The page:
As soon as construction was completed, Westerfield began breeding new types of mint in the Westerfield House gardens. Kneeling among garden beds surrounded by Illinois cornfields, he’d take pollen from male mint plants and carefully brush it into the flowers of female mint plants of another variety. His combination of remarkable patience and careful record keeping enabled him to create mints that evoked a broad range of flavors ranging from fruity notes, to undertones of hazelnut, to aromas of oregano and thyme.

His passion for unique flavors separated Westerfield from the more commercial plant breeders, who use the same hybridization process but focus on varieties that show potential for either higher essential oil yields or increased resistance to disease. For Westerfield, breeding mints with unheard of flavors that could be used in new ways was the primary goal.

Breeding mint calls for patience and meticulous documentation.
Breeding mint calls for patience and meticulous documentation.

As the popularity of The Westerfield House grew, Westerfield began selling his mints and other herbs to the public. “He had a little greenhouse and garden shop,” says his niece. “People would come from miles away just to buy a pot of his mint.” The Westerfield House also self-published several cookbooks that featured Westerfield’s mints. “The herbs were in everything we made at the restaurant,” says Crider, who helped them open the restaurant and worked there for years. “I don’t think there was a dessert that came out of the kitchen that didn’t have some of Jim’s mint in it.”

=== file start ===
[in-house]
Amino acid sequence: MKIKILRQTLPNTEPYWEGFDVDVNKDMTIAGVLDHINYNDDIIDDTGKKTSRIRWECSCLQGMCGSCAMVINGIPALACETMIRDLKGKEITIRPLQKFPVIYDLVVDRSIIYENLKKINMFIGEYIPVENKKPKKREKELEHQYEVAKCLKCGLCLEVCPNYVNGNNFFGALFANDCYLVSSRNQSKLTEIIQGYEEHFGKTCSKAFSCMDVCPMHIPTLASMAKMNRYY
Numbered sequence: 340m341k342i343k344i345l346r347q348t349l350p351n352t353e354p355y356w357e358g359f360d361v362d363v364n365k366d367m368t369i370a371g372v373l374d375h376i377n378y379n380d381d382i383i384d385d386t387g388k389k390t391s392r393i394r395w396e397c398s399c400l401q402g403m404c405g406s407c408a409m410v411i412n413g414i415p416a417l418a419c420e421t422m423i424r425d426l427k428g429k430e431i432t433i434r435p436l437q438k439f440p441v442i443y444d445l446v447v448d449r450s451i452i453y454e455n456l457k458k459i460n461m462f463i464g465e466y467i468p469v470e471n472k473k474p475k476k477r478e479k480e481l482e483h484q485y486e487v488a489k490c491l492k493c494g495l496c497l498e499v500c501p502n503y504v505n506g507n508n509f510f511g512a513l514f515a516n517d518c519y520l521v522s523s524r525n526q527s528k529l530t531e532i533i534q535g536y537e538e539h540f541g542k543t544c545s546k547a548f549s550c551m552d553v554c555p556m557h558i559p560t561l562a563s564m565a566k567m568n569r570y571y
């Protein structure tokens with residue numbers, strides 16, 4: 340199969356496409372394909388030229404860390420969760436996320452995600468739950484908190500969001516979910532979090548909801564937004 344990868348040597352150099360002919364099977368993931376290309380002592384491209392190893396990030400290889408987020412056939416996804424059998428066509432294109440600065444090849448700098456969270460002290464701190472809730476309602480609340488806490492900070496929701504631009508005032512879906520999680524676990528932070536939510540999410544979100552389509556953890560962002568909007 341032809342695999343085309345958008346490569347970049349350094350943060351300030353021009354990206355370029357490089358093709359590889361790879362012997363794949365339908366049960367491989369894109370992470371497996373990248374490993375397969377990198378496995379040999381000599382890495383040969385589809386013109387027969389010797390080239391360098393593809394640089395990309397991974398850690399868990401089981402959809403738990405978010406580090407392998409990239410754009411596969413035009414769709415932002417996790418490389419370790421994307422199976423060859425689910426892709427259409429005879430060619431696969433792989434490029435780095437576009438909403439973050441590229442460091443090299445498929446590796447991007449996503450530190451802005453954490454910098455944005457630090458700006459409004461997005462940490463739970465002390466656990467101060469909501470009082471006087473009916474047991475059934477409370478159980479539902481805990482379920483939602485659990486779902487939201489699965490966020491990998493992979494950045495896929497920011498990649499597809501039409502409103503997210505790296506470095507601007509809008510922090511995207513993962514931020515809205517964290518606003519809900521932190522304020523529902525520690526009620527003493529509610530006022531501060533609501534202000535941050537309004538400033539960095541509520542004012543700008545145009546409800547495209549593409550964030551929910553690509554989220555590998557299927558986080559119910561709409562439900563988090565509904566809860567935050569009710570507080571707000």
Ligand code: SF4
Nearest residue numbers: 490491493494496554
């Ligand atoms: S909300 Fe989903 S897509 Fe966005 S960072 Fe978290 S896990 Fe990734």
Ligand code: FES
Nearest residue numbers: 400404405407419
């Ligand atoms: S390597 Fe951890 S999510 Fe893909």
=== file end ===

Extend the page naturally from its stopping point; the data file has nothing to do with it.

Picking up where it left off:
At its peak, the Westerfield House garden contained approximately 140 varieties of herbs, including over 40 different types of mint. The Canadian plant grower Richters Herbs began offering Westerfield’s mints for commercial sale, making his varieties available worldwide. Westerfield mints were featured in garden forums and herb publications, and highlighted in media articles and on television.

A closeup of Hillary's Sweet Lemon Mint flowers.
A closeup of Hillary’s Sweet Lemon Mint flowers.

Of all the varieties that he bred over the years, Westerfield’s favorite was “Hillary’s Sweet Lemon Mint” (Mentha Dulcia Citreus), which he patented in 1993. It took him seven years of experimentation to create Hillary’s Sweet Lemon: a cross between apple mint and lime mint. The resulting herb has a mild flavor, with fuzzy silvery-grey leaves, and a whisper of lemon along with the classic mint aroma. It was often featured in cookies, cakes, and beverages at the Westerfield House. Westerfield named the mint in honor of Hillary Rodham Clinton, who was First Lady at the time, and the story of Hillary’s Sweet Lemon Mint was picked up by newspapers. Illinois Representative Jerry Costello (a regular at the Westerfield House restaurant) became interested in the mint, and in 1993, Costello formally presented a plant of Hillary’s Sweet Lemon Mint to the First Lady in Washington, who wrote a letter of thanks to Westerfield for “the wonderful gift.”

The Westerfield House closed in 2002 when Westerfield and his wife retired, but he continued to develop new strains of mint up until he passed away in 2013. His legacy lives on through the unique mints he created that are planted in gardens around the world.